If we were to rank drinks by their intelligence, or at least our perceptions thereof, most frozen cocktails would lurk near the dopey bottom, slumped alongside Kami-kaze shots and Fuzzy Navels and anything containing Red Bull. (Top-notch bourbon, neat, and certain vintages of Bordeaux might duke it out for the valedictorian slot.) The combination of crushed ice and booze seems to produce a kind of blithe idiocy: Picture the tourist hordes on Bourbon Street, clasping giant souvenir go-cups of Bananasicle daiquiris as they go teeter-tottering into the unfocusing twilight. Brain freeze, squared. This isn’t to knock blithe idiocy, which has its place in life. It is, however, to knock the taste of blithe idiocy, which is what most frozen cocktails deposit on the tongue.
’Twasn’t always so. The varieties of ice put to use by nineteenth-century bartenders, as any cocktail geek will tell you, were myriad. They chipped, shaved, flaked, slivered, and crushed ice into a gamut of drinks known as brambles, swizzles, cobblers, juleps, and smashes. If these weren’t precisely frozen drinks, as we know them today, it’s only because our popular definition of what constitutes a frozen drink is so limited. Credit (or blame) for this goes to the electric blender, which like many other of our plug-in conveniences gained widespread acceptance in the mid-twentieth century. As the cocktail historian Kevin Liu has written, the blender inspired a home economist named Mabel Stegner to devise a frozen strawberry daiquiri for a 1952 recipe book. The drink was a novelty hit—so easy! Bzzzzzz—and it upturned the entire category. Nearly every booze-laden blender drink that followed, that French Quarter Bananasicle included, adhered to Stegner’s candied slurry formula. These were cartoon cocktails, their relation to their nineteenth-century forebears like that of Fred Flintstone to an actual caveman.
Today, courtesy of the cocktail revival, it’s not hard to track down a decent bramble or smash at an haute cocktailery, especially the kind of joint that bills its ice as “bespoke.” Bellocq in New Orleans, for instance, lists eight oldfangled cobblers on its menu, smart and subtle concoctions poured over pebbled ice. These are noble refreshments, liquid artifacts from the pre-convenience past, whose return we should welcome. Equally welcome, though, is the less archaeological approach of bartenders such as Abigail Gullo at SoBou, also in New Orleans, who’s been rejuvenating the frozen drinks category from another angle.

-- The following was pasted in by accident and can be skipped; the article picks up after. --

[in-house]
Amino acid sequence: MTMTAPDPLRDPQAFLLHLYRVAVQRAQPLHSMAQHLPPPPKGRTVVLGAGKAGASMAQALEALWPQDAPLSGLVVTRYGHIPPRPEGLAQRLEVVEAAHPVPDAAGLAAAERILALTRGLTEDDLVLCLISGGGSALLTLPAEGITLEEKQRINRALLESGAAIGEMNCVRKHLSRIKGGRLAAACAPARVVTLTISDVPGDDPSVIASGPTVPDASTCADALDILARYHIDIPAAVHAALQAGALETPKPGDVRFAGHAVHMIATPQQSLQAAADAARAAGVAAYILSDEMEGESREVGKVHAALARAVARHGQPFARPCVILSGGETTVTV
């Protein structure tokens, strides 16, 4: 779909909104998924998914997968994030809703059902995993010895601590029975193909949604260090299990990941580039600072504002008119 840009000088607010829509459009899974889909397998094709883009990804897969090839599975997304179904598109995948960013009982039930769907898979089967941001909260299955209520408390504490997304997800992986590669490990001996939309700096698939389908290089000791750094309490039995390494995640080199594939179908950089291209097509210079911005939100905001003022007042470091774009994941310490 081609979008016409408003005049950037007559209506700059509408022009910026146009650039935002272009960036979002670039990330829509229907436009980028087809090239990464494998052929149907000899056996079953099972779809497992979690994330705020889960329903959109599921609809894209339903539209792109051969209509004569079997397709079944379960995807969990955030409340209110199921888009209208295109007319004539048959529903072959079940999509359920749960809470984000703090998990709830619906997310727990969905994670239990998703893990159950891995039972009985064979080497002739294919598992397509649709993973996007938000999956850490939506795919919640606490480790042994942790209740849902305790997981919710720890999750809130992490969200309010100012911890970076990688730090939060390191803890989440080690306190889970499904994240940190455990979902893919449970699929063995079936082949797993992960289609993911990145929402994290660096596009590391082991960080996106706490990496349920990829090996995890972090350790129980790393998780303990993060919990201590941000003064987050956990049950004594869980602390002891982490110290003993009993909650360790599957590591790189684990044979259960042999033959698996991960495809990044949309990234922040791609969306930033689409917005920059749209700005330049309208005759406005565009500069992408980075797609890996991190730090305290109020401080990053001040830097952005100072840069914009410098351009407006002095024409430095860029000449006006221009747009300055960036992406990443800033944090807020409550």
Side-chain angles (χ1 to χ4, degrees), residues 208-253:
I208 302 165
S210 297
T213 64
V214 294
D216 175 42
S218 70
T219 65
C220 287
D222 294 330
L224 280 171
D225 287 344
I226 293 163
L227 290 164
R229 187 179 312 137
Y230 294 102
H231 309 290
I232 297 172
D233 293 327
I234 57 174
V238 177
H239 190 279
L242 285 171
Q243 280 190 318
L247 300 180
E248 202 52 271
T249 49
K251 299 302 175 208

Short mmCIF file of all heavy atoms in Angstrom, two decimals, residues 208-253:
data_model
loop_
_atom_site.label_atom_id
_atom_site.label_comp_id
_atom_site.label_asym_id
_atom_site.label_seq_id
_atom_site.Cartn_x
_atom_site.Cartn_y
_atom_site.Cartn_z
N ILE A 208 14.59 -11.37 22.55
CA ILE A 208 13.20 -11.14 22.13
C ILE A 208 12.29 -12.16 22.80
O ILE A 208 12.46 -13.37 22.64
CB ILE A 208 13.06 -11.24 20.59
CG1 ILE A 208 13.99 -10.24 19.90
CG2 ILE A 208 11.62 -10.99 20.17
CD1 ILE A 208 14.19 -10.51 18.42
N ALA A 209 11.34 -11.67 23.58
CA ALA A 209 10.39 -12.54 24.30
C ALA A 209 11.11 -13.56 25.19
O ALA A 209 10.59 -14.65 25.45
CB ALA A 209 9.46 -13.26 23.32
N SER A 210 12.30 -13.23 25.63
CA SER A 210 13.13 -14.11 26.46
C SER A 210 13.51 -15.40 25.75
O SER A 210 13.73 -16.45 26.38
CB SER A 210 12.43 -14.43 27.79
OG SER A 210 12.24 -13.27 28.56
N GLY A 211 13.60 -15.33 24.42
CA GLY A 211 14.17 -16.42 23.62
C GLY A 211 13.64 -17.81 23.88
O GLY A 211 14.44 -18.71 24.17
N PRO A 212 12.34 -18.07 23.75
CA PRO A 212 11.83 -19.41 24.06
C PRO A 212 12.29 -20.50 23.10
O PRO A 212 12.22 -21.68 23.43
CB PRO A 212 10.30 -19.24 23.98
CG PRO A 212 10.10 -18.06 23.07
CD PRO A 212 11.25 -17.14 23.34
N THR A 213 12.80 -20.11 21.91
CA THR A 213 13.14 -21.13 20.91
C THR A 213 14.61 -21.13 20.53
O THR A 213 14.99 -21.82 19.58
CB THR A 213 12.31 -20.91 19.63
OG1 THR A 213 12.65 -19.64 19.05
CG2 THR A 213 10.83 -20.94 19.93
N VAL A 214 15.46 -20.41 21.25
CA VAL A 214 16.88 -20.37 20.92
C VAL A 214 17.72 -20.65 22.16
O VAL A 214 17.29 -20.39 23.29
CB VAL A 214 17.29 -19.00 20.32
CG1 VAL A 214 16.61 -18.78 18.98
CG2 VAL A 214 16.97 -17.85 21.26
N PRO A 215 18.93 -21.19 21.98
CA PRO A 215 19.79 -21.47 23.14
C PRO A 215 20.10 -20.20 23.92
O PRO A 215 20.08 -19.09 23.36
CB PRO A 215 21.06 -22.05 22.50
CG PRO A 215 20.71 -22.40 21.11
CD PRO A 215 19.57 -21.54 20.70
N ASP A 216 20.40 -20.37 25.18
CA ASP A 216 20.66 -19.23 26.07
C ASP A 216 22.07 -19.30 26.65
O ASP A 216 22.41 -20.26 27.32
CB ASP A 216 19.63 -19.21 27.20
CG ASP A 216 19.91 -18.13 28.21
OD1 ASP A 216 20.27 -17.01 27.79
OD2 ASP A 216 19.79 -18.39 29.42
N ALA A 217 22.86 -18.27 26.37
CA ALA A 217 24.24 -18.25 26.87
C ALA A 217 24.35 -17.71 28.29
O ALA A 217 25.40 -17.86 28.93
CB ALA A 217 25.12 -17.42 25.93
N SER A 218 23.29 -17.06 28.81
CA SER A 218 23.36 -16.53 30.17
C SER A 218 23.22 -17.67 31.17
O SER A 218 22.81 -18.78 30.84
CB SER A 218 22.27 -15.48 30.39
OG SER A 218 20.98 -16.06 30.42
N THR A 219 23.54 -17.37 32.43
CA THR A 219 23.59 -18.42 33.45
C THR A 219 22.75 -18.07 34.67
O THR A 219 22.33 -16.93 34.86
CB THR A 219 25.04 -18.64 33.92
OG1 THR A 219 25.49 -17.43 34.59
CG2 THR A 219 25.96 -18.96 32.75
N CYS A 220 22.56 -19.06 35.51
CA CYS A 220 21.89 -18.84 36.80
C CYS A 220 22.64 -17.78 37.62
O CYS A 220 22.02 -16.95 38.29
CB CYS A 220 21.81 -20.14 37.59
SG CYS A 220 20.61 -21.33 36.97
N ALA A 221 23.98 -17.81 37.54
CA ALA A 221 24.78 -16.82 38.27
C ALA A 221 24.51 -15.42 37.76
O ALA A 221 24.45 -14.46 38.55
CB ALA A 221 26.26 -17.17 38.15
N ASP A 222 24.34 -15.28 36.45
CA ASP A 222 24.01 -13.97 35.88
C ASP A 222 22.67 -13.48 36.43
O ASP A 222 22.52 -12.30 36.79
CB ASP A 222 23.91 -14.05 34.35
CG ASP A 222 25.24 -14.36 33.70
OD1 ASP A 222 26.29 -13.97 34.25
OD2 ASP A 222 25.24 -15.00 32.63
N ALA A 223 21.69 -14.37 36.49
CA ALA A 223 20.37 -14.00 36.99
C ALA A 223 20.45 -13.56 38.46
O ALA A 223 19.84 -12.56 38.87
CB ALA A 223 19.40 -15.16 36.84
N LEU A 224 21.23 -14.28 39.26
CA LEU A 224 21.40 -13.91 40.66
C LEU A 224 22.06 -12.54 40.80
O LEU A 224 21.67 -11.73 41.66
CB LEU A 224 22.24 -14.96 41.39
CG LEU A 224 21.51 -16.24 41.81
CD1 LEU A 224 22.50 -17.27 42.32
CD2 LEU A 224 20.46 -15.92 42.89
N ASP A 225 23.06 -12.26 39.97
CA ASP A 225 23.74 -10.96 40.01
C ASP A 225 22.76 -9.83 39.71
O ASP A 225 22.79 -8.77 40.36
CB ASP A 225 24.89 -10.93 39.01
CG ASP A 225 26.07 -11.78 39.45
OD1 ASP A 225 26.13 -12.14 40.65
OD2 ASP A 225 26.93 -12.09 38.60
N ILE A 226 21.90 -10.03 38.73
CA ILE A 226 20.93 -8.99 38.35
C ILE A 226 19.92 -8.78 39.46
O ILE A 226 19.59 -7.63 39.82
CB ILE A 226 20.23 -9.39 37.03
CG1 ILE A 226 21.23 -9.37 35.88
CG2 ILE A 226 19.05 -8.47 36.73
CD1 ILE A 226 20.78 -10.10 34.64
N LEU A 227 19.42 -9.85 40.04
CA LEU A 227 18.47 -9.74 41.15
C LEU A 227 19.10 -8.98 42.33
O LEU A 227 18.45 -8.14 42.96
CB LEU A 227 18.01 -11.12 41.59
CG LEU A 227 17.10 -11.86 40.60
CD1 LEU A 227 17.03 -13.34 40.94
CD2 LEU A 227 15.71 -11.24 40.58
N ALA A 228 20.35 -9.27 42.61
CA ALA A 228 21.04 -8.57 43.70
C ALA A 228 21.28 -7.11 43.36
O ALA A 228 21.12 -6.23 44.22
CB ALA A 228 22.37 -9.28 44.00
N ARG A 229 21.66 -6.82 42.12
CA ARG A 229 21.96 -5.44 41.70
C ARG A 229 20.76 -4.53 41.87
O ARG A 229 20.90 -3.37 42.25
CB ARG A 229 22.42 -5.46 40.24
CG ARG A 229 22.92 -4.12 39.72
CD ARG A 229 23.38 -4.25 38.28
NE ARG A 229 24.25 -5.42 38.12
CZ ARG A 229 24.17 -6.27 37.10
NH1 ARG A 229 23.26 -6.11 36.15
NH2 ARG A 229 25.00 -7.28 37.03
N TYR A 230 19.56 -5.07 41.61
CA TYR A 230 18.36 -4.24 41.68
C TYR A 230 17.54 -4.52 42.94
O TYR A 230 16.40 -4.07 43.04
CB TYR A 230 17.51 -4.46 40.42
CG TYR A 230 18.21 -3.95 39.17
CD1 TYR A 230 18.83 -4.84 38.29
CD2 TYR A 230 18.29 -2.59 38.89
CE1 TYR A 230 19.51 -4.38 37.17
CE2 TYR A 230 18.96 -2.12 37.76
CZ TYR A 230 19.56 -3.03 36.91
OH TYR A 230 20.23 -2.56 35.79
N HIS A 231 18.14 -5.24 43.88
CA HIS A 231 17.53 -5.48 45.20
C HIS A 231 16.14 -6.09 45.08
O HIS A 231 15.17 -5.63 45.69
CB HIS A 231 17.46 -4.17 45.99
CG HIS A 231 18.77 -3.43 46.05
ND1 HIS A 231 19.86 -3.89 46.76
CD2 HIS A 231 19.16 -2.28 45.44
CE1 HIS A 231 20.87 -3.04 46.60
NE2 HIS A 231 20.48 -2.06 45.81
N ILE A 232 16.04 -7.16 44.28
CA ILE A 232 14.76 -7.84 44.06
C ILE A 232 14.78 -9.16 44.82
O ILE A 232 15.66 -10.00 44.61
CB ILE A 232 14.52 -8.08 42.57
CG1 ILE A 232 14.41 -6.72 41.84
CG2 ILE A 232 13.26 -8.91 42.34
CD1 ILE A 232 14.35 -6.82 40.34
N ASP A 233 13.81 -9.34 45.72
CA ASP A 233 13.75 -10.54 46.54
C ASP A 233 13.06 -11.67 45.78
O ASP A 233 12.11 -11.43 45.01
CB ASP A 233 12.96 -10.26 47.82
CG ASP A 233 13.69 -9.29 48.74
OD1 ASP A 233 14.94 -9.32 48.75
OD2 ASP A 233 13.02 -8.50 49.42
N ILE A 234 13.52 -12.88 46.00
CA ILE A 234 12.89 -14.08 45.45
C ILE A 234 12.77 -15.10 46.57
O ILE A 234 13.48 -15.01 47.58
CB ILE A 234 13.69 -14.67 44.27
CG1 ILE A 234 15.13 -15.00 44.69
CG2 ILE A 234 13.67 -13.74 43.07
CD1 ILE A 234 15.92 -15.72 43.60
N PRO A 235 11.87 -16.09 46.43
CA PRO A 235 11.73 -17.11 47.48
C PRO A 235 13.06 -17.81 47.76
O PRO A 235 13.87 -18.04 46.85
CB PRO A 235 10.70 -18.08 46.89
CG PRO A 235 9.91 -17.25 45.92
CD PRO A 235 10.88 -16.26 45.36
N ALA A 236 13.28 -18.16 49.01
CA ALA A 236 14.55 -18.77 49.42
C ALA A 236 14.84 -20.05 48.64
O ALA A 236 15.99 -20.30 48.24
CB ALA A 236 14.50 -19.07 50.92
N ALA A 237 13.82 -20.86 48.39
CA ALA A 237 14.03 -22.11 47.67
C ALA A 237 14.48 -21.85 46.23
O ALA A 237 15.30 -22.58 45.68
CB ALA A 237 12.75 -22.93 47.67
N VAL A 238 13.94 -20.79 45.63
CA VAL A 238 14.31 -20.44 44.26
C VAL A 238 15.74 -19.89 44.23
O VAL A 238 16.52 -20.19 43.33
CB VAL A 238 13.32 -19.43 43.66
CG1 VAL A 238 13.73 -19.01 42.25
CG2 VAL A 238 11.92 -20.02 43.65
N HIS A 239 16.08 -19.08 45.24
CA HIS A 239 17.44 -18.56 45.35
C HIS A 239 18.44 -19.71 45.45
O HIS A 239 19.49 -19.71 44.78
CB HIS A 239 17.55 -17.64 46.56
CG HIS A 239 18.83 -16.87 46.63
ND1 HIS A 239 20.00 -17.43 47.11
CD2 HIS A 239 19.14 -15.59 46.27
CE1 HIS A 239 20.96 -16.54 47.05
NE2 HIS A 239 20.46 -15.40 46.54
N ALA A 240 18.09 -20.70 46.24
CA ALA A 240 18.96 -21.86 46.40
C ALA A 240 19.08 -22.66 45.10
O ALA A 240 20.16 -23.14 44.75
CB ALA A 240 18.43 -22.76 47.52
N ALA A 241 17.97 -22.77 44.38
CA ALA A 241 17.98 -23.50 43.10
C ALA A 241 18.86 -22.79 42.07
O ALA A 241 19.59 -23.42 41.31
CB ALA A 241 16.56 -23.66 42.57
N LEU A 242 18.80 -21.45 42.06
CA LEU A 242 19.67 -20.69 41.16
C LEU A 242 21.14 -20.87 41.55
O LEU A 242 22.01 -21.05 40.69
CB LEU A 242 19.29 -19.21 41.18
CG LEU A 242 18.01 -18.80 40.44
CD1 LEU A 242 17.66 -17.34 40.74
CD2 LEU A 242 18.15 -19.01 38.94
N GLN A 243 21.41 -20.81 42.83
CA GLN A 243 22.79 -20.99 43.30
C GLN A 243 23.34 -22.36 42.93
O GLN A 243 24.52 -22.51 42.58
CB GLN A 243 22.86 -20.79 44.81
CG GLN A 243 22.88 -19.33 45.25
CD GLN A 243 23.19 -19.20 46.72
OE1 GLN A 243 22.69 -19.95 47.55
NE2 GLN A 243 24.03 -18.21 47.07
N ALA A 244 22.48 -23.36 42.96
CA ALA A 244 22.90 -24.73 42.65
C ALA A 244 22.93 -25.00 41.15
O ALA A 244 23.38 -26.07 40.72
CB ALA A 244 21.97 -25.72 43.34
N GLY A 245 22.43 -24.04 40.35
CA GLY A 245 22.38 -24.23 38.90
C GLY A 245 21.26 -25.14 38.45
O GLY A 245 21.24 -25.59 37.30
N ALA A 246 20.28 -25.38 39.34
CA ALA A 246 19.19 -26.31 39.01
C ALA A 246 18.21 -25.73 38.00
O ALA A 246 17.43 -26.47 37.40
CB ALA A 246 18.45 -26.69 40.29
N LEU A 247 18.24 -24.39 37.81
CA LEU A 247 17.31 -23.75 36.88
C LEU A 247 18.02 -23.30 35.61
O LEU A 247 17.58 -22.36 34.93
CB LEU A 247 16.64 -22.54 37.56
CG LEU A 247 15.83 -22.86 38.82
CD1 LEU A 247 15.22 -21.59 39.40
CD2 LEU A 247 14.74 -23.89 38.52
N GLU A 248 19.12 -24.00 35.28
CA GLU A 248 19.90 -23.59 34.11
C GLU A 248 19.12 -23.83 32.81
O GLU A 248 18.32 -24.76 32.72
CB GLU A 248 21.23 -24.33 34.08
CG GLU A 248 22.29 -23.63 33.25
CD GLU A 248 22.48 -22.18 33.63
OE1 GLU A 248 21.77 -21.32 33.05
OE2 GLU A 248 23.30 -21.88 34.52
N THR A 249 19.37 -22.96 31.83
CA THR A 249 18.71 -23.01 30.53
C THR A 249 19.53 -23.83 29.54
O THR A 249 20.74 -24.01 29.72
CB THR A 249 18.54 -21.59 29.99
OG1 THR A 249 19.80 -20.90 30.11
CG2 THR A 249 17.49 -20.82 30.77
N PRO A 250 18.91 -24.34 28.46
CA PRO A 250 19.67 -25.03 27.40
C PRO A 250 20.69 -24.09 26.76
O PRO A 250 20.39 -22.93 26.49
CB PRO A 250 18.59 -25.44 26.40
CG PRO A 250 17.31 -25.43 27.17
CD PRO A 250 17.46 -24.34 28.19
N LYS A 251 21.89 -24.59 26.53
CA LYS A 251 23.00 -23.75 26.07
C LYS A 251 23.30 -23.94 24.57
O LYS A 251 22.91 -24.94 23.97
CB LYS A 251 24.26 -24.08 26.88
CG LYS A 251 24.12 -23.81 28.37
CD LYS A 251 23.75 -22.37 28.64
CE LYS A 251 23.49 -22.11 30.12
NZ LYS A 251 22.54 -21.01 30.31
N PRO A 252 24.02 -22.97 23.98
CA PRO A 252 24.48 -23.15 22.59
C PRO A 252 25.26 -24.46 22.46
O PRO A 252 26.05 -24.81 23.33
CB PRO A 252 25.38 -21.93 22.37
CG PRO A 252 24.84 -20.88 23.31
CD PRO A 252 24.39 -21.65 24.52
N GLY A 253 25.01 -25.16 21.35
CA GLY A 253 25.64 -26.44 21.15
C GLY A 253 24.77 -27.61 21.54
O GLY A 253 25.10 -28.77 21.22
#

Gullo is a transplant to New Orleans—she originally hails from New York—who fell in love with Sno-Balls, that Gulf Coast variation-slash-improvement on snow cones. Part of the appeal was texture: Sno-Balls are made with ice so finely shaved that the effect is like eating actual snow. One of her favorite varieties is the iconic almond-flavored Pink Squirrel, which inspired her to create a boozy homage she calls a Pink Pigeon. Amaretto stands in for the almond syrup, sour cherry syrup gives it some sweet sling, and white rum provides the kick. It’s delicious. But it’s also got shifting depths of flavors, things to say. “As it dilutes,” she says, “the drink changes. That’s the fun part of a Sno-Ball.”
It’s also what a blender can’t replicate. With a blender, “you’re overdiluting it so quickly that you have no room for nuance,” Gullo says. Nuance in a frozen cocktail will strike some as oxymoronic, but Gullo isn’t alone in exploring it. Half a dozen blocks from SoBou, the Cocktail Bar at the Windsor Court Hotel offers an Aviation Sno-Ball, with that classic gin–and–crème de violette cocktail served in spoonable form. At Grand Cru in Baltimore, near the Pimlico racetrack, they’ve rejiggered the Black-Eyed Susan, official cocktail of the Preakness Stakes, as a Sno-Ball, with rye whiskey, rum, Cointreau, and orange and lemon juices coloring the ice. Even simpler, and wildly sublime, is drizzling absinthe over shaved ice.
Home bartenders need not be intimidated. Electric ice shavers are a minor investment. The low-end Hamilton Beach model I own set me back about seventeen bucks. “I know a bartender who uses a vintage Snoopy snow cone machine on the bar,” says Gullo, who also advocates filling a clean old pillowcase with ice and bashing it with a mallet. (The pillowcase absorbs excess water. And the bashing is gargantuan fun.) Work in layers when adding booze to the ice, but after that, don’t work at all. You’ve got sharp-witted refreshment in your hand—a frozen cocktail you can actually talk to.